Not only does Donald Trump believe he hasn't been impeached — he also thinks he can be unpeached

Not only does Donald Trump believe he hasn't been impeached — he also thinks he can be unpeached
President Donald J. Trump delivers remarks on the federal judicial confirmation milestones, Wednesday, Nov. 6, 2019, in the East Room of the White House. (Official White House Photo by Shealah Craighead)
News & Politics

Throughout the House impeachment proceedings against Donald Trump, Republicans worked hard not just to derail both the initial inquiry and the later votes, but also to attack the process at every turn. Democratic representatives rightly pointed out that Republicans were unwilling to defend Donald Trump on the evidence—and no, ungrounded talking points are not a defense—because the evidence universally demonstrated the case against Trump. Now, as House Speaker Nancy Pelosi withholds the articles of impeachment from the Senate while awaiting some glimpse of what Majority Leader Mitch McConnell has planned for the Senate trial, Republicans are pretending that it’s Pelosi who is fixated on process. But that’s not it at all. Pelosi wants only to see that there is a process.


Before the House interviewed a single witness or sought its first document, it passed House Resolution 660 laying out all the rules under which its inquiry would take place. On the Senate side, McConnell has done nothing. There are no rules, no promises, no hint of what would happen should Pelosi turn over the articles—other than McConnell’s promise that he’s working closely with the White House to turn the whole thing to Trump’s advantage.

Meanwhile, Trump is maintaining what may be the most delusional position of the entire impeachment by claiming that he has not really been impeached at all. As CNN reports, Trump is leaning into a comforting “technical argument” that insists he’s not really impeached until McConnell says he’s impeached. Which McConnell isn’t going to do. The White House is actually considering a lawsuit in an attempt to force Pelosi’s hand, allowing the process to be ended on the terms that Trump likes best.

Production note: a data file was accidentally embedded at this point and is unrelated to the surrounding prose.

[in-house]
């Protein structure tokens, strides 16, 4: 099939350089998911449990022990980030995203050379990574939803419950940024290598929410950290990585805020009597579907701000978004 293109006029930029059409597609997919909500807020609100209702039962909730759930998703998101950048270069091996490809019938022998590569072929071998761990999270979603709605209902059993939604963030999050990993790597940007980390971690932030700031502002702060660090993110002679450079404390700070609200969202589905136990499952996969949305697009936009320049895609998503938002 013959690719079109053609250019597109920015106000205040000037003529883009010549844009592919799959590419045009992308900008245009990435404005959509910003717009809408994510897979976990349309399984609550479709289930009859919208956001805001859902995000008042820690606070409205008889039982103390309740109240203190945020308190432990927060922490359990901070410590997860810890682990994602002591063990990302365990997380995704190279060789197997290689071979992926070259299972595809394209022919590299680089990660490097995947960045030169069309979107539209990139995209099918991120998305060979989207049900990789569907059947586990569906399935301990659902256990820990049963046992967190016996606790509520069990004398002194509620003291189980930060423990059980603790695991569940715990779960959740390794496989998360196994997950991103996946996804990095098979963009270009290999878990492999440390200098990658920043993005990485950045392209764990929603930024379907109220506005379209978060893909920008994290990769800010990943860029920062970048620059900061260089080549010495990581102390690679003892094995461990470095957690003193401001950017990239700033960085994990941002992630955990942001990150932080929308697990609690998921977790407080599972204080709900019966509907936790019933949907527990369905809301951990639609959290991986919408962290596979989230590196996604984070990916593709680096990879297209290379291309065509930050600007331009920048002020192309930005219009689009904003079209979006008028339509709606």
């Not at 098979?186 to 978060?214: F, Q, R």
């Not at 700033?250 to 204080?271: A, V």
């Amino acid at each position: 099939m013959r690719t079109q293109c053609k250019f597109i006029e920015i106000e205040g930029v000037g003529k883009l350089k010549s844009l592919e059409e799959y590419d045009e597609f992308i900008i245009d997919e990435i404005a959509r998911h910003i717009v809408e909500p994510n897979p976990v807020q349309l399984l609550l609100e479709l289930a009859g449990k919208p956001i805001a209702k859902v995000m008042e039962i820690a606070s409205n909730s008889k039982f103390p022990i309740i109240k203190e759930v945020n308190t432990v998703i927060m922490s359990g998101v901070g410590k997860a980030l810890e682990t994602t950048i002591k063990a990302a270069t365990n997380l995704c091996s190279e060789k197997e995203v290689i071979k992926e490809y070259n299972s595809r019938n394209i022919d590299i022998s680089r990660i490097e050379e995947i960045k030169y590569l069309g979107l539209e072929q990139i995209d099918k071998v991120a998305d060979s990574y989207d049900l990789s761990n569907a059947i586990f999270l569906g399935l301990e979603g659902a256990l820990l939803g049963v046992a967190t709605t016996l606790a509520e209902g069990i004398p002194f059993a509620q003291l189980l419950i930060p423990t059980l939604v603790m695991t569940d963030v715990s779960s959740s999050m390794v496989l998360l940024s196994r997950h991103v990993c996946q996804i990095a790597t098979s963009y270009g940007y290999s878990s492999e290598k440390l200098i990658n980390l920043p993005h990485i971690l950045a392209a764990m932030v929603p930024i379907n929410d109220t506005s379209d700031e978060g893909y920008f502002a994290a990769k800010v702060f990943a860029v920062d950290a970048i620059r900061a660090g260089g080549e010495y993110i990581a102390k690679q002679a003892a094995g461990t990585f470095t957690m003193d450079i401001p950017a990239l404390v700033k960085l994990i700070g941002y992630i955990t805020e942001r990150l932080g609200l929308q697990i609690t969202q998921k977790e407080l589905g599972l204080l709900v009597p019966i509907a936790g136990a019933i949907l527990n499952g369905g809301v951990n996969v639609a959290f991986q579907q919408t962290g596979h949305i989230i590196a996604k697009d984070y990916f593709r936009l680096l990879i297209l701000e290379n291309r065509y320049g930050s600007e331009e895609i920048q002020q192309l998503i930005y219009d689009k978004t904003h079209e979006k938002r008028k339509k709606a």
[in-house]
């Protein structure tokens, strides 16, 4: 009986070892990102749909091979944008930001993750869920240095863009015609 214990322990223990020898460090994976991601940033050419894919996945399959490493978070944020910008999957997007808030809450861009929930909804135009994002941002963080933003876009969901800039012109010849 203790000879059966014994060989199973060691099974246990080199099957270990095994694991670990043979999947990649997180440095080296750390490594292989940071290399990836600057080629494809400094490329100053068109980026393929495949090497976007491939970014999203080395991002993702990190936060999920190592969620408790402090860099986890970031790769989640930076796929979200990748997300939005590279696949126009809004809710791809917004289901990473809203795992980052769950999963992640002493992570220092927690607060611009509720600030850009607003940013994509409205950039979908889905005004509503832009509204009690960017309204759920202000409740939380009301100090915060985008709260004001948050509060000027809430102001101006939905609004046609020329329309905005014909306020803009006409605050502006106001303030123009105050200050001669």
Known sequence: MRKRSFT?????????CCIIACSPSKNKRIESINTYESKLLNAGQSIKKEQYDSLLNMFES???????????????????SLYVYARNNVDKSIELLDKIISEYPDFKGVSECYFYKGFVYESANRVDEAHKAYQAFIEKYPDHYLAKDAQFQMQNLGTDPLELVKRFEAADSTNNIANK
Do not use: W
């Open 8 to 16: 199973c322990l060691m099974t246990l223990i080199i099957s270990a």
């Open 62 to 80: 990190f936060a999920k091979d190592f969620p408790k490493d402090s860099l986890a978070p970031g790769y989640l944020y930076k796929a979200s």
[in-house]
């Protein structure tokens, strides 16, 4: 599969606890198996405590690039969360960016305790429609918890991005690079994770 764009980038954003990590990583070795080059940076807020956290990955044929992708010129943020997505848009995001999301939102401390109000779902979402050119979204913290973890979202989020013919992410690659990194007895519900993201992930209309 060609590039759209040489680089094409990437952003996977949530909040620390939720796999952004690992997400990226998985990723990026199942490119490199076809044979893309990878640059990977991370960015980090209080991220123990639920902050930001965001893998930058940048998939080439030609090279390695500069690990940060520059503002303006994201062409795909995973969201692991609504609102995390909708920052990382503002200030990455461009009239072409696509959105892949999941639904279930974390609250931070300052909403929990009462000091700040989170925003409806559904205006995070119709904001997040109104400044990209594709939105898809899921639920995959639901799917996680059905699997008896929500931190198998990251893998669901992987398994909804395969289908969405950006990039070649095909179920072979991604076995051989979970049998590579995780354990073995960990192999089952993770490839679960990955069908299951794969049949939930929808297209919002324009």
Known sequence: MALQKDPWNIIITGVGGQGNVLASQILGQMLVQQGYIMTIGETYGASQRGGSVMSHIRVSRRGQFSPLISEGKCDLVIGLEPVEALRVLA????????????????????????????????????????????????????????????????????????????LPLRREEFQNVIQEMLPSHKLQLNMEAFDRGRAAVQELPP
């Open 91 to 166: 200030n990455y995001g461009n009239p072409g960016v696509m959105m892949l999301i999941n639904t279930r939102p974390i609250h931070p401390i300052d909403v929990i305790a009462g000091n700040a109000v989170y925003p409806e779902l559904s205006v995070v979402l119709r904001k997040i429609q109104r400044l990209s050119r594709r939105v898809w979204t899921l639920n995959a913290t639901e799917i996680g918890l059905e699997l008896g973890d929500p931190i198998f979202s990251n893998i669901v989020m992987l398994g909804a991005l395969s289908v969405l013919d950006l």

But there’s more than that. What’s really got Trump jazzed going into the holidays is the idea that he could perform a reversal of the whole process and sue the House of Representatives to undo the whole thing. The White House is pondering a lawsuit that would insist that Pelosi’s withholding of the articles is a political action, and that the whole impeachment itself is invalid.

The idea that the Supreme Court might swoop in to genuinely reverse Trump’s impeachment might seem both ludicrous and unconstitutional—because it is. But ludicrous and unconstitutional is Trump’s favorite thing.

To get to this unpeachment situation, the White House is first counting on an op-ed published on the Bloomberg website by Harvard law professor Noah Feldman arguing that transmission of the articles of impeachment to the Senate is part of the impeachment process, not something that happens after the impeachment. And on another op-ed, published by Ohio Northern University law professor Scott Douglas Gerber at CNN, that argues that, even though the courts have deliberately and understandably stood well clear of interfering in any past impeachment, Trump could run to the court because “if ’arbitrary’ impeachment processes can be reviewed and overturned by the Supreme Court, so too can partisan impeachment processes such as that to which President Trump continues to be subjected.”

The argument is that, because Trump was impeached only with the votes of Democrats, it’s a “partisan impeachment.” Which is somehow not real.

Gerber seems to have discovered an ability of the court to reverse an impeachment that doesn’t appear in the Constitution. The idea is that an impeachment gathering votes only from one party is somehow less legitimate—which doesn’t appear in the Constitution. And he’s managed to overlook the inconvenient fact that the impeachment also earned the vote of former Republican Justin Amash … but then, every Republican is pretending not to notice that part.

All of this, from suing Pelosi to force her to blink first to suing the House for impeaching Trump, is the kind of thing that should stay somewhere in right-wing fantasyland somewhere past the Nazi unicorns, and just because the White House seems to be taking is seriously doesn’t mean that anyone else should. The only thing that should be taken seriously is Trump’s ongoing effort to destroy both the rule of law and and a common sense of reality.

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